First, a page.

NYC Honorary Street Names

"B" Honorary Streets: The Bronx

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Bangla Bazaar (Bronx)
Present name:Starling Avenue
Location:Between Castle Hill Avenue and Unionport Road
Honoree: Bangla Bazaar, which means Bangla Mall in the Bangladeshi language. The name honors the growth of the Bangladeshi community along Starling Avenue which offers Bangladeshi retail and food establishments contributing to the fusion of culture in the Bronx.
Basil Behagen Playground (Bronx)
Present name:Forest Playground
Location:Bounded by 166th Street, Union Avene and Tinton Avenue.
Honoree: Basil Auguranaldo Behagen (1927-1993), who was born in the Virgin Islands, worked as a Substance Abuse Prevention Specialist for the NYC Board of Education and was on the Advisory Board of Lincoln Hospital. An active member of Bronx Community Board 3, he chaired its Parks and Recreation Committee for 6 years and its Cultural Committee for 3 years. He organized an anuual neighborhood reunion at Forest Houses and ran annual basketball and baseball tournements at Forest Playground.
Basil Paterson Boulevard (Bronx)
Present name:None
Location:At the intersection of 195th Street and Reservoir Avenue
Honoree: Basil Paterson (1926-2014), after service in World War II, earned a law degree, entered politics and was elected a state senator in 1965. In 1978, Mayor Ed Koch named hims deputy mayor for labor negotiations, a post he held until being named secretary of state by Gov. Hugh Carey. He was the first African-American in that post, in which he served until 1982. Later a labor lawyer, he watched his son, Governor David Paterson climb the political ladder from state senator, to lieutenant governor and then to governor. (Cabrera)
Beatrice Castiglia Catullo Way (Bronx)
Present name:None
Location:At the intersection of Morris Park Avenue and Matthews Avenue
Honoree: Beatrice Castiglia Catullo (1916-2018) was a humanitarian and nurse who devoted her life to charity work. She helped build a chapel for the Sister Servants of Mary; organized and became the first president of the Parkchester chapter of Cancer Care Inc.; and founded the Medical Mission Aid Center at St. Raymonds Parish. In 1964, she founded a home attendant service for the elderly being discharged from hospitals without proper home care. In 1965, she incorporated and named this organization Regional Aid for Interim Needs R.A.I.N., which has since become one of the largest non-profit social services agency in the Bronx. R.A.I.N. was awarded its first government contract by the NYC Department for the Aging in 1975. She was the first female inducted into the Rotary Club of the Bronx, which in 2016 created an award in her honor called the Beatrice Castiglia Catullo Award. She was also awarded an Honorary Doctorate Degree by Mercy College. (Gjonaj)
Ben and Dotty Abrams Way (Bronx)
Present name:None
Location:Intersection of Holland Avenue, Antin Avenue and Bronxdale Avenue
Honoree: Dorothy (1910- 2003) and Benjamin (1907-1984) Abrams lived in the Pelham Parkway area for more than 60 years and ran a luncheonette that was a local gathering place. Both were active members of local civic and charitable groups.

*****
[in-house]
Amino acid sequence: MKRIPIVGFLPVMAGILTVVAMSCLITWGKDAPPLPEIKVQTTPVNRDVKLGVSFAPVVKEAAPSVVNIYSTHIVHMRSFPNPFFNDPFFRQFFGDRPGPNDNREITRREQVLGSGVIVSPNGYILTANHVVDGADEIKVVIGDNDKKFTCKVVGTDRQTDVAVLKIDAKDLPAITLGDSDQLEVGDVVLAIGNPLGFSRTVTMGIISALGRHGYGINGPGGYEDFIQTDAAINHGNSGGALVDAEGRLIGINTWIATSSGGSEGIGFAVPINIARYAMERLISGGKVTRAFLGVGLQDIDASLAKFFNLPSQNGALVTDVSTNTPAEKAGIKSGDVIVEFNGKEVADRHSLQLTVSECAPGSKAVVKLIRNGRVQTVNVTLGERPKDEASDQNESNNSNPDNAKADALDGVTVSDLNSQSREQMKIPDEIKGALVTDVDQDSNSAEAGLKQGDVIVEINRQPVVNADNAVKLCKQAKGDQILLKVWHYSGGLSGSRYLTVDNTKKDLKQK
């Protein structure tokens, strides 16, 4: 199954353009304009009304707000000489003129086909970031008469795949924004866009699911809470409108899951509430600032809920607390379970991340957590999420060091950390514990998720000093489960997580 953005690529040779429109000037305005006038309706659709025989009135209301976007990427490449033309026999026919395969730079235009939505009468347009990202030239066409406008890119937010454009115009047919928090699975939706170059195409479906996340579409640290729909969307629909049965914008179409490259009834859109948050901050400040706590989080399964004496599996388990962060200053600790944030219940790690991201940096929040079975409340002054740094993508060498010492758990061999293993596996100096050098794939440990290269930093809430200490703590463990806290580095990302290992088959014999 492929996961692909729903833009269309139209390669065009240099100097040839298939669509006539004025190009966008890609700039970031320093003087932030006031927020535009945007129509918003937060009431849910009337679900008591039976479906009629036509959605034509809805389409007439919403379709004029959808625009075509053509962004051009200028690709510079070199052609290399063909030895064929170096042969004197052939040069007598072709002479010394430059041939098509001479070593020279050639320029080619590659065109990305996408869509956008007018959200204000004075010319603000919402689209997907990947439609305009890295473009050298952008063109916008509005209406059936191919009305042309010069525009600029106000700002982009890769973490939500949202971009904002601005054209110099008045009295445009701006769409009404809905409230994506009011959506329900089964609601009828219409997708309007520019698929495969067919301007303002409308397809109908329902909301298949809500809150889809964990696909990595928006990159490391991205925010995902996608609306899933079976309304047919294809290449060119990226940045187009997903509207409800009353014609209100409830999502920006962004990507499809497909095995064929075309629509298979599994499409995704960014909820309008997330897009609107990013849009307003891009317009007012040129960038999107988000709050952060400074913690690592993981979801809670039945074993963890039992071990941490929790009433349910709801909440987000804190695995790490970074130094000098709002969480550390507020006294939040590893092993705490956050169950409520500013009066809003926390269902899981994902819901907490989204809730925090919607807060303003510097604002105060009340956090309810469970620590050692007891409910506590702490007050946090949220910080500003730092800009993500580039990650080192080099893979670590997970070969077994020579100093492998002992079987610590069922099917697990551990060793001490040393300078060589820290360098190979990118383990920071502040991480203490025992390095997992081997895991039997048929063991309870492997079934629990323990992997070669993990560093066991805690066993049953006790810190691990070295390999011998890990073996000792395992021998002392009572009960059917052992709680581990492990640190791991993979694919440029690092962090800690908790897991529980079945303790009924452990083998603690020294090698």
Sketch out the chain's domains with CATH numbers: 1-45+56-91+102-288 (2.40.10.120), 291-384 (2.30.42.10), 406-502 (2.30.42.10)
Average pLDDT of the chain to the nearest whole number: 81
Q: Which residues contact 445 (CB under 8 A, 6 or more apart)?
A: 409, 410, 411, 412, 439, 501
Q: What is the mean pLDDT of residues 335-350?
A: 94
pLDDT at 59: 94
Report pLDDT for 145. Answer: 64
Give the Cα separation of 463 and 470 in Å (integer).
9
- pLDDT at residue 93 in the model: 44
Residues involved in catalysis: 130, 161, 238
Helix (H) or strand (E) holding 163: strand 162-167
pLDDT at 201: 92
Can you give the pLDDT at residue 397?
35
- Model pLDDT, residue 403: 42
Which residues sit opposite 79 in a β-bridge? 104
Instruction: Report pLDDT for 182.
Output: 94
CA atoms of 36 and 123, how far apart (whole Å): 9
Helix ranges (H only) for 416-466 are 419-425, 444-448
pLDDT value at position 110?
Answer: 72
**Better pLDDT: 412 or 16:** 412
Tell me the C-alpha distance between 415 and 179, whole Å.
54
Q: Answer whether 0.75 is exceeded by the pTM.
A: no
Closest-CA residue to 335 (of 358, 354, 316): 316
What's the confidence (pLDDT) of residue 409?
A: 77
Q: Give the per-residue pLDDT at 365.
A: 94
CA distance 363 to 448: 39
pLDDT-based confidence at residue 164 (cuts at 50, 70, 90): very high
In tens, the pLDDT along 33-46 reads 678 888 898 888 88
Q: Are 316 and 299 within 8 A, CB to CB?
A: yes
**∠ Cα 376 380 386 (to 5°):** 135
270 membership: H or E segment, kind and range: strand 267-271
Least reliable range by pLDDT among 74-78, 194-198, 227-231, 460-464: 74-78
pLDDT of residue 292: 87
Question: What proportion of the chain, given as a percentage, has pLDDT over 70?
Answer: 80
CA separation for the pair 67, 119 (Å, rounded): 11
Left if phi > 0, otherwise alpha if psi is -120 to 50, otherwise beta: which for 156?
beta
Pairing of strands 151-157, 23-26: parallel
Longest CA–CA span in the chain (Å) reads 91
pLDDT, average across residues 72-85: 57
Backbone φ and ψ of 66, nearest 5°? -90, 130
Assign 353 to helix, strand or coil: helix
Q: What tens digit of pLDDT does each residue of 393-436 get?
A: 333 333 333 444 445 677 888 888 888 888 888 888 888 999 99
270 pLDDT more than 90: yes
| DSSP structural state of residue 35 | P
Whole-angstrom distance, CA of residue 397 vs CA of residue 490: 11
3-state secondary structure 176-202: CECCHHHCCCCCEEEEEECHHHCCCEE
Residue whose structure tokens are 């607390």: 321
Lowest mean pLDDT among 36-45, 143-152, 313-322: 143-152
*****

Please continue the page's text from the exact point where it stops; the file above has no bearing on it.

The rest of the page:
Big Punisher Way (Bronx)
Present name:None
Location:At the intersection of Grand Concourse and West Fordham Road
Honoree:  Christopher Lee Rios (1971-2000), better known as Big Pun, was a rapper from the Bronx. His album Capital Punishment reached No. 1 on the hip-R&B charts and was the first Latino solo rapper to go platinum. In his short career, he developed a substantial fan base and became a hero to the Puerto Rican community. When he died, thousands of fans attended his wake in the Bronx and a mural about him was painted on a building in his neighborhood. (Cabrera)
Bill Finger Way (Bronx)
Present name:192nd Street
Location:Between Grand Concourse and Valentine Avenue
Honoree: Bill Finger (1914-1974) was an American comic strip and comic book writer who was best known for co-creating the character Batman with Bob Kane of DC Comics. He also wrote many of the original Green Lantern stories. Comic-Con International established the Bill Finger Award for Excellence in Comic Book Writing, which is given annually to two recipients, one living, one deceased who have produced significant bodies of work. Bill Finger lived in the Bronx during the Great Depression and graduated from DeWitt Clinton High School in 1933. (Torres) [See also "Gotham City Honors One of Its Own" NYT 17 Dec 2017]
Bill Twomey Place (Bronx)
Present name:None
Location:At the northeast corner of Revere Avenue and Dill Place
Honoree: Bill Twomey (1941-2014) wrote nine books on Bronx History and over 1,000 "Do You Remember" columns for the Bronx Times Reporter. He was the founder and president of the East Bronx History Forum, which gave new life to the Huntington Free Library. He was active on the Throggs Neck-Zerega Community Advisory Council, the Throggs Neck-Soundview Mental Health Board and the Throggs Neck Homeowners Association. When the Ferry Point landfill closed, he suggested that a golf course be built there. He was the founding editor of the City Island Power Squadron newsletter, vice-President of the Gethsememe Retreat League and Commander of the St. Frances de Chantal Sea Cadets. (Vacca)
Bishop Ceacer Gooding Road (Bronx)
Present name:None
Location:At the intersection of Macombs Road and West Mount Eden Avenue
Honoree: Ceacer Gooding (1931-2014) served in the U.S. Army and was later employed by the United States Postal Service. He attended the Manhattan Bible Institute and in 1958, was ordained as an Elder at Washington Temple COGIC. He served as Junior Pastor, Assistant Pastor, and then Pastor of the Gospel Temple Church of America in New York City. In 1969, he and his wife founded Miracle Revival Center Church in Harlem, however, the congregation grew so much that they relocated to the Bronx. He was consecrated to the Bishopric in 1984 and became known as the “Radio Preacher” for 19 years. He was a popular guest speaker and counselor, and the recipient of numerous awards. (Gibson)
Bishop Francisco Garmendia Place (Bronx)
Present name:Crotona Parkway
Location:Between Elsmere Place and East 176th Street
Honoree: Bishop Francisco Garmendia (1924-2005) was the first Hispanic bishop to serve the archdiocese of New York and was pastor of St. Thomas Aquinas parish in the Bronx for a quarter century. He was instrumental in the establishment of the Hispanic Catholic Charismatic Center.